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Digitized books

Account of 814 Plants & Insects, Most of Which Are Reckoned Medicinal by the Chinese (ca.1800)

Friedrich von Berchtold and Jan Svatopluk Presl, O Prirozenosti Rostlin aneb Rostlinár (1823–1835)

John Ellis, Directions for Bringing over Seeds and Plants (1770)

François L'Anglois, Livre de Fleurs (1620)

 John Ellis, Directions for Bringing over Seeds and Plants (1770)

Ellis, John (1710?–1776). Directions for Bringing over Seeds and Plants, from the East Indies and Other Distant Countries, in a State of Vegetation: Together with a Catalogue of Such Foreign Plants as Are Worthy of Being Encouraged in Our American Colonies, for the Purposes of Medicine, Agriculture, and Commerce. To Which is Added, the Figure and Botanical Description of a New Sensitive Plant, Called Dionoea muscipula: or, Venus's Fly-trap. London: Printed and sold by L. Davis, 1770.

The book is available as a PDF (11.7 MB).
Frontispiece from John Ellis’ Directions for Bringing over Seeds and Plants (London, printed and sold by L. Davis, 1770). HI Library call no. MC1 E47D.

John Ellis, a linen merchant and naturalist, studied coral and also imported seeds and plants. He corresponded with other naturalists and was a member of the Royal Societies of both London and Uppsala. In Directions, he discussed techniques for transporting plants and seeds from afar by ship so that they would more likely survive to be grown in a new location. He included a catalogue of exotic plants that might be successfully and usefully grown in the American colonies.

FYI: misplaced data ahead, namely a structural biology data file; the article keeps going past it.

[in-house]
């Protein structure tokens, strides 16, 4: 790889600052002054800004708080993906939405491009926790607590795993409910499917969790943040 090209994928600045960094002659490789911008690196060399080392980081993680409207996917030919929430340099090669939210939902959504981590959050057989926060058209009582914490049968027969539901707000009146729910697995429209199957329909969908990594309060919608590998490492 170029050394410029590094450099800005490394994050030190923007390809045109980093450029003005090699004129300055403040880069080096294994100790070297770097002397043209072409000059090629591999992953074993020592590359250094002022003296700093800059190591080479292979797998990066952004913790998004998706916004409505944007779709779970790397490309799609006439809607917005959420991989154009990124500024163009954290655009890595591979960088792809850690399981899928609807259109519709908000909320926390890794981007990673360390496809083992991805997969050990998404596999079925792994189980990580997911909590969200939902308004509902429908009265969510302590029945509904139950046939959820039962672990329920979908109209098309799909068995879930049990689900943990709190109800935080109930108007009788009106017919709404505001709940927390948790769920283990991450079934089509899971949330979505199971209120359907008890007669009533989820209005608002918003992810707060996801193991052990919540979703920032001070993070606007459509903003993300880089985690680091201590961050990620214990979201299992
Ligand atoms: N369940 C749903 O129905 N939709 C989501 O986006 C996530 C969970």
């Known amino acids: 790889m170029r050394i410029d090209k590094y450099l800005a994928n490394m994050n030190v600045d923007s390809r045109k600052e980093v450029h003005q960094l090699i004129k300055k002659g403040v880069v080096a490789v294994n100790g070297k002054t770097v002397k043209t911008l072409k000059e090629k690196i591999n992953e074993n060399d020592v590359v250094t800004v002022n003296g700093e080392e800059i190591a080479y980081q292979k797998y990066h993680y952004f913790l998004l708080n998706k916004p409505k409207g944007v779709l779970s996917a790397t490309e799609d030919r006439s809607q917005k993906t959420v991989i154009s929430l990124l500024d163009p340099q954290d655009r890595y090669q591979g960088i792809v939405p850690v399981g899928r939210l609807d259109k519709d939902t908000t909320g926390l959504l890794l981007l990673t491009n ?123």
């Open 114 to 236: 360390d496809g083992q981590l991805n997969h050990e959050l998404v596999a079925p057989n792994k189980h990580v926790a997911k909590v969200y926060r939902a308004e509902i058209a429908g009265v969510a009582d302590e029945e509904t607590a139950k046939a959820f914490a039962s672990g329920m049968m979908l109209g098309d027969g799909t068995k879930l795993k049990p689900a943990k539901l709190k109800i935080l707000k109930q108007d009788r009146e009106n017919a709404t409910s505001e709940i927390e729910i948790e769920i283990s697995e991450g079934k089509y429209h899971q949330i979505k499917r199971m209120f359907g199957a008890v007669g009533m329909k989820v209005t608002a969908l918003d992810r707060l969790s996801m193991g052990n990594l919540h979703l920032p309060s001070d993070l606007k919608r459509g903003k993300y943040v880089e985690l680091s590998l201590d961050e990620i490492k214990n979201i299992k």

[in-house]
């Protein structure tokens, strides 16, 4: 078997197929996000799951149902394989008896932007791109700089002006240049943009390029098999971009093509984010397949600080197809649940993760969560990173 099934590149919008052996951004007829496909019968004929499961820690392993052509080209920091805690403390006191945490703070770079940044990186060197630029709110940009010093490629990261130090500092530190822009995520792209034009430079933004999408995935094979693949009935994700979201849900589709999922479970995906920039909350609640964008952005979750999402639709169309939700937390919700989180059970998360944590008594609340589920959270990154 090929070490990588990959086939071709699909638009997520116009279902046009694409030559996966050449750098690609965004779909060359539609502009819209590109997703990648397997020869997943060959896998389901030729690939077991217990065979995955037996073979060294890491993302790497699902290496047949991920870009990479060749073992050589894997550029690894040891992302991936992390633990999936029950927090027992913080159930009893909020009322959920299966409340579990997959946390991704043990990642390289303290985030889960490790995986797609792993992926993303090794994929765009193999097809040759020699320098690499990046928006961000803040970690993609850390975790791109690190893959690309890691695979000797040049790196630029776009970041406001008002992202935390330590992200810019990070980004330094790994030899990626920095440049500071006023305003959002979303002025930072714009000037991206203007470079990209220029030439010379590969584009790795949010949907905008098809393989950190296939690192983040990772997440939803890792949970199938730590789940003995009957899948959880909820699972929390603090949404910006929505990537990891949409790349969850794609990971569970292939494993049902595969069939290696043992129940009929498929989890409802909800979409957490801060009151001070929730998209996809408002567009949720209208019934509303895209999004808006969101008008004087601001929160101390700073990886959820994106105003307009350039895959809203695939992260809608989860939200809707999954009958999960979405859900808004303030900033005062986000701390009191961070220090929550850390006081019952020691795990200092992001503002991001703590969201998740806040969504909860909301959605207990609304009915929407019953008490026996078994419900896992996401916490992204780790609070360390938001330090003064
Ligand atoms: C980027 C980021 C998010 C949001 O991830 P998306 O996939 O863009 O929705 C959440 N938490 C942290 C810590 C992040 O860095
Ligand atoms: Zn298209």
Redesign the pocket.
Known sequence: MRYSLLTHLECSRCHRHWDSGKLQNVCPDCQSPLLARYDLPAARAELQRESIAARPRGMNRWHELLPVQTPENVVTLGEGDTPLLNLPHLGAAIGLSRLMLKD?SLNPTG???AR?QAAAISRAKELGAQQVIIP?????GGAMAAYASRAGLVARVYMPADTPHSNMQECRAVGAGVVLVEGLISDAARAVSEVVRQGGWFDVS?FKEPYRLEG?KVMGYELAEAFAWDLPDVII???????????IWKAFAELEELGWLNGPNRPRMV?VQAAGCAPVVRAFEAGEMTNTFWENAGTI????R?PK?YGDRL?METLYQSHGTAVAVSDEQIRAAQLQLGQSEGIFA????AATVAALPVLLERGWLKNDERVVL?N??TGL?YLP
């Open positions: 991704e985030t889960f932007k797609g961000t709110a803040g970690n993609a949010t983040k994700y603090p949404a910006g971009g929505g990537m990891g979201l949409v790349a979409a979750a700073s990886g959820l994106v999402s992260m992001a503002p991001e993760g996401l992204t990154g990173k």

He also appended, with its own title page, a description of Venus flytrap that was sent "in a letter to Sir Charles Linnaeus." His letter to Linnaeus, dated 23 September 1769, was sent with an illustration and a specimen, and began: "My dear Friend, I know that every discovery in nature is a treat to you; but in this you will have a feast." A lovely hand-colored engraving of the plant serves as frontispiece to the published letter.

According to the Hunt Catalogue, Ellis worked as an agent in west Florida and Dominica and had the opportunity to collect specimens such as the Venus flytrap, which he named Dionaea muscipula. His letter to Linnaeus about this newly found species was also published in Uppsala and Erlangen. Another edition of Directions was published in 1771, with "The Method of Catching and Preserving Insects for Collections" replacing the paper on the Venus flytrap.
Plate from John Ellis’ A Botanical Description of the Dionoea muscipula in the same volume. HI Library call no. MC1 E47D.

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